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Milwaukee's Daily Magazine for Tuesday, Oct. 21, 2014

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In Arts & Entertainment

Will Pergl's "The Tallest Free-Standing Tower in the World of August 1962."

In Arts & Entertainment

Lisa Hecht's "The Other Side of the Mirror."

Haggerty shows off local talent


Two years after Marquette University's Haggerty Museum of Art focused on Wisconsin artists in "Current Tendencies: Ten Artists from Wisconsin," the venue tightens the lens on Milwaukee for "Current Tendencies II: Artists from Milwaukee."

The exhibit, which officially opens at a 6 p.m. reception on Aug. 31 but has been on view from Aug. 24 and closes Dec. 31, features works in a number of media from 10 Brew City artists, including Reginald Baylor, the late Luc Leplae, photographer Mark Brautigam, Julian Correa, Lisa Hecht, Sharon Kerry-Harlan, Will Pergl, Jordan Waraska, and Nathaniel Stern and Jessica Meuninck-Ganger.

Each artist gets a dedicated space within the Haggerty and accompanying their works is an essay written by a Marquette professor participating in the exhibit's writing project.

Seeing a respected city art institution focusing on artists living and working in Milwaukee is refreshing and exciting.

And we, and the Haggerty, are rewarded by the artists, many of whom created the exhibited works specifically for "Current Tendencies II."

As you enter the first gallery, you are surrounded by mixed media works from Kerry-Harlan's "About Face" series which incorporates African and iconic religious imagery and styles into these large works.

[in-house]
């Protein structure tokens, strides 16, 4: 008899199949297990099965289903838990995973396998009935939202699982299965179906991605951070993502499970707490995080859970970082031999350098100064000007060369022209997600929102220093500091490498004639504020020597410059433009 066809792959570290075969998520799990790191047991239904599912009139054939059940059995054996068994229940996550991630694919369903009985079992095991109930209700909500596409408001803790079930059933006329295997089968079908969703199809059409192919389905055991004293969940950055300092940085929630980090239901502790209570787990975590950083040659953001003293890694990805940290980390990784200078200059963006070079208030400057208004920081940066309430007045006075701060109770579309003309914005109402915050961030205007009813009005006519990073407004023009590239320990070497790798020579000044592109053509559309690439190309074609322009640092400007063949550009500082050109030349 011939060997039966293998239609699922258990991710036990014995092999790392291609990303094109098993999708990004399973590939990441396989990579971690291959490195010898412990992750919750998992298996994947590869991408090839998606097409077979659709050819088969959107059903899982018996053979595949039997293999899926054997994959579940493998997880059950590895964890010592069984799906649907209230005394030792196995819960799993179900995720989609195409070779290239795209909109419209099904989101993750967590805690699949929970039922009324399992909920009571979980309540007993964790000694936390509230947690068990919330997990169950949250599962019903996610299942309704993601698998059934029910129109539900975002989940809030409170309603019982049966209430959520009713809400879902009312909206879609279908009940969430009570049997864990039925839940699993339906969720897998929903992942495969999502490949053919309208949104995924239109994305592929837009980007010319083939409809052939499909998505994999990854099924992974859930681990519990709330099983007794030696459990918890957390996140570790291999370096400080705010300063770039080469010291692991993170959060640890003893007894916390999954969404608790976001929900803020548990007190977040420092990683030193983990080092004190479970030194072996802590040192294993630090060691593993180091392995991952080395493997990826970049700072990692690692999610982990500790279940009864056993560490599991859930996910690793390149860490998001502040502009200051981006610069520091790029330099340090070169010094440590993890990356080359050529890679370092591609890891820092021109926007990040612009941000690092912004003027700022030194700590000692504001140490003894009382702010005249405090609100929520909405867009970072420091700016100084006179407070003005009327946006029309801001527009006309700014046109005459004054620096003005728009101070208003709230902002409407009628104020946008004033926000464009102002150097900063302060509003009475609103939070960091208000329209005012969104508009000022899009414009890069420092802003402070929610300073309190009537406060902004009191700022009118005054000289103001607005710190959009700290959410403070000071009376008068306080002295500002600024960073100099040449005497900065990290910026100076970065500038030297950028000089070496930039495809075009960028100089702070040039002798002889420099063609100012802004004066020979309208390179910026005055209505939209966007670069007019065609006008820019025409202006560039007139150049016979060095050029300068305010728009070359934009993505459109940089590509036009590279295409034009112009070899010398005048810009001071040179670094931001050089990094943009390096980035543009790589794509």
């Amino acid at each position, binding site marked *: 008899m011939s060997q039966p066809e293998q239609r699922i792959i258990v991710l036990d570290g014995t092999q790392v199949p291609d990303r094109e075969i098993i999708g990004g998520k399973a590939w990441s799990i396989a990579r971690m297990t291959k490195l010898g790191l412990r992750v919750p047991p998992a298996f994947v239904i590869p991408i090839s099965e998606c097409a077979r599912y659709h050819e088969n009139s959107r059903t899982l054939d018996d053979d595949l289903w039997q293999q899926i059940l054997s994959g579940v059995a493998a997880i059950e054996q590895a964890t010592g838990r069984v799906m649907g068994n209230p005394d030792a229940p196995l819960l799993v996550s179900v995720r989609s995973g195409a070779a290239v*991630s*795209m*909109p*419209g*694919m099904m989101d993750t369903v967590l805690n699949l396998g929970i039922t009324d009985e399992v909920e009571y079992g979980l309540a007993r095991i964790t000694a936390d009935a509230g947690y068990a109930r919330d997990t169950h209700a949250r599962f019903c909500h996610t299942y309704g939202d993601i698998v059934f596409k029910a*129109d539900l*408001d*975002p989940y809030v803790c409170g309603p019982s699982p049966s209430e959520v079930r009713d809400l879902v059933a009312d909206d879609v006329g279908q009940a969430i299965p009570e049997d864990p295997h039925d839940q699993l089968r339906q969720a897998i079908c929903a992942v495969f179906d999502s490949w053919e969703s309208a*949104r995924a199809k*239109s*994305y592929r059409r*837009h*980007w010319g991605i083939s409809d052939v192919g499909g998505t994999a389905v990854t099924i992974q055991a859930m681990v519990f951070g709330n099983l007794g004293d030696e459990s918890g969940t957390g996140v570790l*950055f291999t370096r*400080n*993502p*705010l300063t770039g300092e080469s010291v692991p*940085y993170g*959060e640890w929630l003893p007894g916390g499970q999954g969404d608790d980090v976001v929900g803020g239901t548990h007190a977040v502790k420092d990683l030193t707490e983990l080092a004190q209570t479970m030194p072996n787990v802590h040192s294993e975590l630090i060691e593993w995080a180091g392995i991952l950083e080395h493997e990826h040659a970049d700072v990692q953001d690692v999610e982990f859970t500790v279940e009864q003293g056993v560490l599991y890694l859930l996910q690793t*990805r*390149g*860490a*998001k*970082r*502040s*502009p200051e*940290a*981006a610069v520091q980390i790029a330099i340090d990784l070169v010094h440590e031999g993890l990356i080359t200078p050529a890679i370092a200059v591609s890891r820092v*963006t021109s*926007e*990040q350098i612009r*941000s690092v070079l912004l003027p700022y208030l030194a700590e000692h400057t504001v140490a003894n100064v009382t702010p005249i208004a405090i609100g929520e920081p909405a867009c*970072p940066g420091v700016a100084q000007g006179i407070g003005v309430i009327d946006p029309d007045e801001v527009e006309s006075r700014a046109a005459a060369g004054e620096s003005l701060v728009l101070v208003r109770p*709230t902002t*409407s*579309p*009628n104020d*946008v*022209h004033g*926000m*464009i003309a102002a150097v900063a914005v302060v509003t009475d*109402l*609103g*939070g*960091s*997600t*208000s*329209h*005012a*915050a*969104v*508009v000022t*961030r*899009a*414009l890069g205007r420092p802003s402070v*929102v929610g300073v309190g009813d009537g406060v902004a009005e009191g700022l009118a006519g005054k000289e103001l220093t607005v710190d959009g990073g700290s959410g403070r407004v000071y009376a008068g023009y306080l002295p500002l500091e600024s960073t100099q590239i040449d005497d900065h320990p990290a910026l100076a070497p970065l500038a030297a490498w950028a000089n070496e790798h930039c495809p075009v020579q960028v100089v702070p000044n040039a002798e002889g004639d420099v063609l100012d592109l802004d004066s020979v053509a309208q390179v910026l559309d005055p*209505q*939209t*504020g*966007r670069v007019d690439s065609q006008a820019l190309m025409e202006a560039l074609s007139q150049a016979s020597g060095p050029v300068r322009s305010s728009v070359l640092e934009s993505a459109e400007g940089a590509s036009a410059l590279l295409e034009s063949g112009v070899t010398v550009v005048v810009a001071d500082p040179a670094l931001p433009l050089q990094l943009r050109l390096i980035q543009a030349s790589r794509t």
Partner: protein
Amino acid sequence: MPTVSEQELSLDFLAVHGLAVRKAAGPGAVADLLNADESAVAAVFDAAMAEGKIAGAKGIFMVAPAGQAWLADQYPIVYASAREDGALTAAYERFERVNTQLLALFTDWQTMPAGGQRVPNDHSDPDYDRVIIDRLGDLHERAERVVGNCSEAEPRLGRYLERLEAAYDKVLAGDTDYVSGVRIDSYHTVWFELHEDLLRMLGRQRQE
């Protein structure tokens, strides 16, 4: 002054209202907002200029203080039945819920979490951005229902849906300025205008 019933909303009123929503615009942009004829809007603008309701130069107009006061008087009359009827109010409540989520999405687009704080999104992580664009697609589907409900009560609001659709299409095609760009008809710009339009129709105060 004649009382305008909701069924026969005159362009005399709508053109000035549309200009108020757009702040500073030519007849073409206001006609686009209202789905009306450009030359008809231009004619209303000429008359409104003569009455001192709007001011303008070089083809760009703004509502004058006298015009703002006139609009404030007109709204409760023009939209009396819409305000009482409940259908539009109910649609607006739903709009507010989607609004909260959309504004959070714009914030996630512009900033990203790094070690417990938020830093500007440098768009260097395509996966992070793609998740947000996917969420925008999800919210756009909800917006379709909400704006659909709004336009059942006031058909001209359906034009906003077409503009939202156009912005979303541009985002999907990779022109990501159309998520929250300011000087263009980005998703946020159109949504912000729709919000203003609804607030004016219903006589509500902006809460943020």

Don't miss sculptor and musician Waraska's installation just off the left as you enter.

Beyond Kerry-Harlan's works, down a few steps, is Will Pergl's architectural "The Tallest Free-Standing Tower in the World of August 1962," a wooden sculpture, that looks almost like it could be an early model for a structure like Gustave Eiffel's Parisian tower, though Bonnie Brennen, in her essay, refers to it as, "a hand-carved wooden cell phone tower, constructed from digital imagery."

In the gallery behind it are photographs from around the state by Brautigam, including familiar scenes from Bay View, Pleasant Prairie and the lakefront.

As novelist and visiting MU English professor Larry Watson writes about these images, "We see something, and no matter how ordinary the sight might be ... our own imaginations have been unexpectedly set in motion. Just as stories have both character and setting, Mark Brautigam's photographs direct us to people and places. These are quiet, subtle images, but they have remarkable expressive power."

Baylor's gallery is the most varied, with large works like "Puzzled White Woman with Pink Contacts,"that will draw you in and hold you transfixed, peering at the details, for ages.

But, "Current Tendencies II" closes with a bang, in the form of autobiographical comics and notebooks from Belgian-born Leplae, who died in 2000.

Perhaps most powerful are the map he drew in one of his sketchpads of his journeys around France during World War II and the other wartime memories captured in these works.

Don't neglect to grab a copy of the free catalog which includes biographies of the artists and the accompanying essays from the writing project. There is also a gallery guide for kids that encourages young visitors to recreate works in the show and to look closely at the details in other works.


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